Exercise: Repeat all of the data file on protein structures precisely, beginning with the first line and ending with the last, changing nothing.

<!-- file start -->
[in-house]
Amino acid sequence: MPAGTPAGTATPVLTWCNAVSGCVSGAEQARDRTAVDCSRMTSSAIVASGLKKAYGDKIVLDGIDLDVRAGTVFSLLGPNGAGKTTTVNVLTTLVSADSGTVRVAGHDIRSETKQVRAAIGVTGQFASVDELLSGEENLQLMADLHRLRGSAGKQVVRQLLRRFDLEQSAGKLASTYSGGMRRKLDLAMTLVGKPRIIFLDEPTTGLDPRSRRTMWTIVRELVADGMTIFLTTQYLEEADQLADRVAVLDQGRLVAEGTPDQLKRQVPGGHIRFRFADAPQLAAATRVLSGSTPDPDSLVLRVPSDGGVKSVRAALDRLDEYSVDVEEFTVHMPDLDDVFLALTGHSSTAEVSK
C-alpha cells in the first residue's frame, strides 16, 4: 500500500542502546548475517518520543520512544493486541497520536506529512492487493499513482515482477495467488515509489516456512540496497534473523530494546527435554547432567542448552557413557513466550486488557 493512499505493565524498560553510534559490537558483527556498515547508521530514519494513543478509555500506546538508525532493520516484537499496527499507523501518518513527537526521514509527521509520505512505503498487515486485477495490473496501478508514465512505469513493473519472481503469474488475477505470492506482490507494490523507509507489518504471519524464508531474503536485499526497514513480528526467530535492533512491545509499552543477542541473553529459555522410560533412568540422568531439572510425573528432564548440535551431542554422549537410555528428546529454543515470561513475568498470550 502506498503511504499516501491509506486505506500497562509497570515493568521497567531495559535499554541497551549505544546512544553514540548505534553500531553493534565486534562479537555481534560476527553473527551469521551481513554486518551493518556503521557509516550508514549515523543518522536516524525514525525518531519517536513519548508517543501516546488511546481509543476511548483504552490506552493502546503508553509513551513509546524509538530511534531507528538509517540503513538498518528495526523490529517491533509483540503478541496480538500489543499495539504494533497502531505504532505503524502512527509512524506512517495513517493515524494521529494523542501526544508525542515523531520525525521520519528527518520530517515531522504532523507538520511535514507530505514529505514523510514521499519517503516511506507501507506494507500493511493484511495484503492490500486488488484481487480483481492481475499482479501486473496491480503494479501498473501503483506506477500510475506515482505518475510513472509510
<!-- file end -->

[in-house]
Amino acid sequence: MPAGTPAGTATPVLTWCNAVSGCVSGAEQARDRTAVDCSRMTSSAIVASGLKKAYGDKIVLDGIDLDVRAGTVFSLLGPNGAGKTTTVNVLTTLVSADSGTVRVAGHDIRSETKQVRAAIGVTGQFASVDELLSGEENLQLMADLHRLRGSAGKQVVRQLLRRFDLEQSAGKLASTYSGGMRRKLDLAMTLVGKPRIIFLDEPTTGLDPRSRRTMWTIVRELVADGMTIFLTTQYLEEADQLADRVAVLDQGRLVAEGTPDQLKRQVPGGHIRFRFADAPQLAAATRVLSGSTPDPDSLVLRVPSDGGVKSVRAALDRLDEYSVDVEEFTVHMPDLDDVFLALTGHSSTAEVSK
C-alpha cells in the first residue's frame, strides 16, 4: 500500500542502546548475517518520543520512544493486541497520536506529512492487493499513482515482477495467488515509489516456512540496497534473523530494546527435554547432567542448552557413557513466550486488557 493512499505493565524498560553510534559490537558483527556498515547508521530514519494513543478509555500506546538508525532493520516484537499496527499507523501518518513527537526521514509527521509520505512505503498487515486485477495490473496501478508514465512505469513493473519472481503469474488475477505470492506482490507494490523507509507489518504471519524464508531474503536485499526497514513480528526467530535492533512491545509499552543477542541473553529459555522410560533412568540422568531439572510425573528432564548440535551431542554422549537410555528428546529454543515470561513475568498470550 502506498503511504499516501491509506486505506500497562509497570515493568521497567531495559535499554541497551549505544546512544553514540548505534553500531553493534565486534562479537555481534560476527553473527551469521551481513554486518551493518556503521557509516550508514549515523543518522536516524525514525525518531519517536513519548508517543501516546488511546481509543476511548483504552490506552493502546503508553509513551513509546524509538530511534531507528538509517540503513538498518528495526523490529517491533509483540503478541496480538500489543499495539504494533497502531505504532505503524502512527509512524506512517495513517493515524494521529494523542501526544508525542515523531520525525521520519528527518520530517515531522504532523507538520511535514507530505514529505514523510514521499519517503516511506507501507506494507500493511493484511495484503492490500486488488484481487480483481492481475499482479501486473496491480503494479501498473501503483506506477500510475506515482505518475510513472509510